So, I think there may be something seriously wrong with me because after finishing this episode, which is brutal and hopeless, I went about my day but couldn’t shake it. And I didn’t want to; I almost wanted to just live in this world and not my own a little longer, stay in that superlab with our guys. Disturbing, huh? I mean, of all episodes to feel this way about, this one’s a little…traumatic.
This episode may break some records for characters going the longest time without speaking. These long stretches without dialogue allow for other sounds, especially the creaking of the chairs in the superlab, Gus’s footsteps, Gus changing clothes, putting on his glasses, but mostly it’s the chairs.
So Saul got himself a bodyguard, Huell. He’s always glided over things before but not now. He’s terrified, looking around his office for bugs (hilarious detail that the columns move), speaking on a payphone, asking Huell if he has a passport. And I gotta say, I usually love Saul’s ridiculous outfits, usually find something aesthetically redeeming about his crazy color combinations, but this time? No way. Worst Saul get-up ever. Gross.
I love when Skyler says to Saul, “He carpools…to his job…at a meth lab?”
This is a quieter episode than last week. It has to be. There’s a natural fallout period after what happened to Hank last week. The characters all have to take the time to react and deal.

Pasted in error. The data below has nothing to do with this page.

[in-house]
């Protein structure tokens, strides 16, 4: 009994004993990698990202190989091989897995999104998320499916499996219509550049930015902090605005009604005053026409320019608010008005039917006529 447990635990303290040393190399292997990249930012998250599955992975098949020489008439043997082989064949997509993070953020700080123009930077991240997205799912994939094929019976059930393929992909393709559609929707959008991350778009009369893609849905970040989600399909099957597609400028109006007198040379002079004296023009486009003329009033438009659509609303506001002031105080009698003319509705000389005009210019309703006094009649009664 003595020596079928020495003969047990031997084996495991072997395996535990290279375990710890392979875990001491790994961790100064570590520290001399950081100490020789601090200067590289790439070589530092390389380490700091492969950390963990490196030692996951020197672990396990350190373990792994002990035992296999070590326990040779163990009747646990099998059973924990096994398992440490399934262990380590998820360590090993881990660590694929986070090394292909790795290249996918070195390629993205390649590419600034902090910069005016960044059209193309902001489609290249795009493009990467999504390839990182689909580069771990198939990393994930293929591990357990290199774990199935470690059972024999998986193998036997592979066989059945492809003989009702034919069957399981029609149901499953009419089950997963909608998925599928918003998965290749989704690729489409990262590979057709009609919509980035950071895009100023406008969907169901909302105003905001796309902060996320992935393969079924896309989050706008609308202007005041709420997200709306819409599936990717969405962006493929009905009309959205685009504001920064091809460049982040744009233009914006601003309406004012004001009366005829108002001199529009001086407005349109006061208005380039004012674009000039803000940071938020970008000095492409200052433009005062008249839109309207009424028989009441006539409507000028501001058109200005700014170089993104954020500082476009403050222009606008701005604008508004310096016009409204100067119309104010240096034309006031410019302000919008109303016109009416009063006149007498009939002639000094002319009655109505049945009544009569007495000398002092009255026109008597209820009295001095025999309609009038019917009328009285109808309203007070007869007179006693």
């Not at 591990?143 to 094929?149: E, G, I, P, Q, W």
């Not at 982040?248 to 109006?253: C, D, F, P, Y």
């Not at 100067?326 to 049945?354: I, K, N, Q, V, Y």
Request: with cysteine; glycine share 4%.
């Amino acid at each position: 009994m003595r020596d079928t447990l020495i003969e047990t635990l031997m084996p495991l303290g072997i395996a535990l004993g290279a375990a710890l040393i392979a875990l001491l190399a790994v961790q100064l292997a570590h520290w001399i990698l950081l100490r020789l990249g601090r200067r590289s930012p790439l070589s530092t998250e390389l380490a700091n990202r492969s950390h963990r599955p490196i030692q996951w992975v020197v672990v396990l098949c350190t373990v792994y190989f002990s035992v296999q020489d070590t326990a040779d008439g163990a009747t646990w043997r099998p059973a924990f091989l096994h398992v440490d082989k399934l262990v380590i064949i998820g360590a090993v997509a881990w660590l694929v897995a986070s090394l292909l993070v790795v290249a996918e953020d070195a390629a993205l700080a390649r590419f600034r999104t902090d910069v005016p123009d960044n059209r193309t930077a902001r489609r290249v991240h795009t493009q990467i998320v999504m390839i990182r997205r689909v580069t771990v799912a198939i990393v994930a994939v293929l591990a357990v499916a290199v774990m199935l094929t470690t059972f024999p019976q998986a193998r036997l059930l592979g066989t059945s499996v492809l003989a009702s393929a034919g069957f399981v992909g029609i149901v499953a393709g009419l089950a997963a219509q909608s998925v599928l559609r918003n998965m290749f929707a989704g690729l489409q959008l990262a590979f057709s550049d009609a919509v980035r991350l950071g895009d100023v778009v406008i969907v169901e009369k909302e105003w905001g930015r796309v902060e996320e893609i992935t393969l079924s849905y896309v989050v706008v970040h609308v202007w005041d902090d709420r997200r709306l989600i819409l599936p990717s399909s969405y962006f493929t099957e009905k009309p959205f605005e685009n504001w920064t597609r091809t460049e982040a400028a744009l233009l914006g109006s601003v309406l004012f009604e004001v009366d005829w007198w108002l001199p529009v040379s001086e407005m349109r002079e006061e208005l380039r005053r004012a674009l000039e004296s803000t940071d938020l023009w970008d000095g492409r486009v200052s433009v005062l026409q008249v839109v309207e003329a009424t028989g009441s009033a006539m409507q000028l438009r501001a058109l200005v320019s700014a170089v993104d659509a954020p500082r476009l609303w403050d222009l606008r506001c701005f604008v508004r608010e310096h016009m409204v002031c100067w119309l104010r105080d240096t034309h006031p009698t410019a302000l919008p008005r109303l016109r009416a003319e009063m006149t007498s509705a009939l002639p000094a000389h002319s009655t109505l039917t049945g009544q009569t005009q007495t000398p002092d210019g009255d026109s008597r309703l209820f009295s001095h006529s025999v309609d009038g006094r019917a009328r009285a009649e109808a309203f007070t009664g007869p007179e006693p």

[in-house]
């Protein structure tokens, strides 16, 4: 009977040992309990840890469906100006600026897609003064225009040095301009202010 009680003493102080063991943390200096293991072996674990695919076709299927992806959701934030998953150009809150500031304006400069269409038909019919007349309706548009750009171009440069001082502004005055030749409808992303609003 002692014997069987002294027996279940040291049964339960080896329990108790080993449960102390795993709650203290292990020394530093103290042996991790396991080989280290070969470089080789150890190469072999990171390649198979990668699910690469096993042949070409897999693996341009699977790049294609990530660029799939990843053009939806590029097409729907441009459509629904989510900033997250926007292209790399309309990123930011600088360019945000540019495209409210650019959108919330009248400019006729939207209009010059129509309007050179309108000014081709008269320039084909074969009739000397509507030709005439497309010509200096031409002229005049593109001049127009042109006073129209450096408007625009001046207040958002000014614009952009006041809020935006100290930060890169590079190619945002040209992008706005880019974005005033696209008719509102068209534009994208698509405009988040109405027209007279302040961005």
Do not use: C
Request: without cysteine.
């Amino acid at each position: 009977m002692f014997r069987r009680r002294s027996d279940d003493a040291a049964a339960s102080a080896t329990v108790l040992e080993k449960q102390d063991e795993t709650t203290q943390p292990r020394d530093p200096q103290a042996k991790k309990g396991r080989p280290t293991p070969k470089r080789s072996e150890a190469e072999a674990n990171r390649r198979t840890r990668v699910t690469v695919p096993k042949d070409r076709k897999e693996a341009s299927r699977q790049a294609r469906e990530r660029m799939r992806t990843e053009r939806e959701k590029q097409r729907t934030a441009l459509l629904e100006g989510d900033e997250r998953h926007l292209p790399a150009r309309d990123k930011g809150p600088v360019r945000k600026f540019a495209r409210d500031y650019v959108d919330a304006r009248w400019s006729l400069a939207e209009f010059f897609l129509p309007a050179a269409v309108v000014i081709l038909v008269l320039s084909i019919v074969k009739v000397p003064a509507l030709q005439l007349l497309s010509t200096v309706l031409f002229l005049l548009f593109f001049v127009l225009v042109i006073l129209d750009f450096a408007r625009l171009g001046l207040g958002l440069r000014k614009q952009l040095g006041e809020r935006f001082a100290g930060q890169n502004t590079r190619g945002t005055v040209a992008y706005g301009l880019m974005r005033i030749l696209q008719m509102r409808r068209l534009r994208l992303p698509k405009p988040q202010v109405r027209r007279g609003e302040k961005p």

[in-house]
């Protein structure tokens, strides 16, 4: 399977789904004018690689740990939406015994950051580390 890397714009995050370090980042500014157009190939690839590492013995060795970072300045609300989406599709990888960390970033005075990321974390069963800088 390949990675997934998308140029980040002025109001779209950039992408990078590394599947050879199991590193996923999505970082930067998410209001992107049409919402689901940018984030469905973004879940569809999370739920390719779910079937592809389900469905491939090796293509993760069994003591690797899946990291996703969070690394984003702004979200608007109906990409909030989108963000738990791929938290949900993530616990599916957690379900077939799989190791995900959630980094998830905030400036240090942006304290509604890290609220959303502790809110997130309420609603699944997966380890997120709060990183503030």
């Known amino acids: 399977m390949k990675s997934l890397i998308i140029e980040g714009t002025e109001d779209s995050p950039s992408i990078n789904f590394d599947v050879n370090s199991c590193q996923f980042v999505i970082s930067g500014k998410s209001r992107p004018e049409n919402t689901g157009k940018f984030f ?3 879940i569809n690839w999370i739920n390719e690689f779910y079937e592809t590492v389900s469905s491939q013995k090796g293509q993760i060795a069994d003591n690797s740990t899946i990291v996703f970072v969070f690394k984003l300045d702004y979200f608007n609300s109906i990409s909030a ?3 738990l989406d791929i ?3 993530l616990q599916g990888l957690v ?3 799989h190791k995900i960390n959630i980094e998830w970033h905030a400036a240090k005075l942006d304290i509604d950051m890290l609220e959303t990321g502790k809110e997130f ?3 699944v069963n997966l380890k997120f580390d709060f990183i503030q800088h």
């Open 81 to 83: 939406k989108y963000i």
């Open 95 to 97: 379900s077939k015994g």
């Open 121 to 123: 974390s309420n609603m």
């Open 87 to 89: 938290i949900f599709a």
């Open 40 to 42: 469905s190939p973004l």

But I must say, my favorite ever Jesse “bitch” line is in this episode. Outside the hospital, Jesse is told he can’t smoke this close to the building and he says, “So, roll me further, bitch” in this perfect matter-of-fact tone. He’s not hurling the word as he sometimes does, and I think it’s actually funnier this way. LOVE IT!
Skyler continues her turn back towards Walt that’s been slowly developing all season. She has no patience when he’s all, “Do you know who that was?” re: the phone call–she knows enough to know that whatever he’s about to tell her is bullshit. But when Marie starts to blame Walt, she defends him. And later she’s sleeping on him. Such a nice turn, to see the ice between them start to thaw.
Jesse is using the RV to cook again. The teaser for this episode is a perfect example of Jesse taking the “I’m the bad guy” and his no-nonsense acceptance of that fact too far. Jesse has never been a pusher before, using his charm to get a girl to trade him free gas for a baggie of meth. Maybe he’s resigned to the bad guy role. Maybe he believes that’s who he is. It seriously makes me question the philosophy at that rehab place with those amazing plush green robes and shirts. Jesse’s not using anymore but something’s off and Jesse’s actually more of a bad guy since accepting this “fact” about himself than he ever was before.
Walt is, as Mike puts it, a disaster over this thing with his wife. Man, Mike is sooo deadpan. When Saul asks is this a good thing or a bad thing, Mike plays a bit more of the recording and then says, “It’s a bad thing.” It’s kind of hilarious. Gotta love Mike. He’s just as good later when he tells Walt the reasons he’s definitely removing all the bugs from Walt’s house.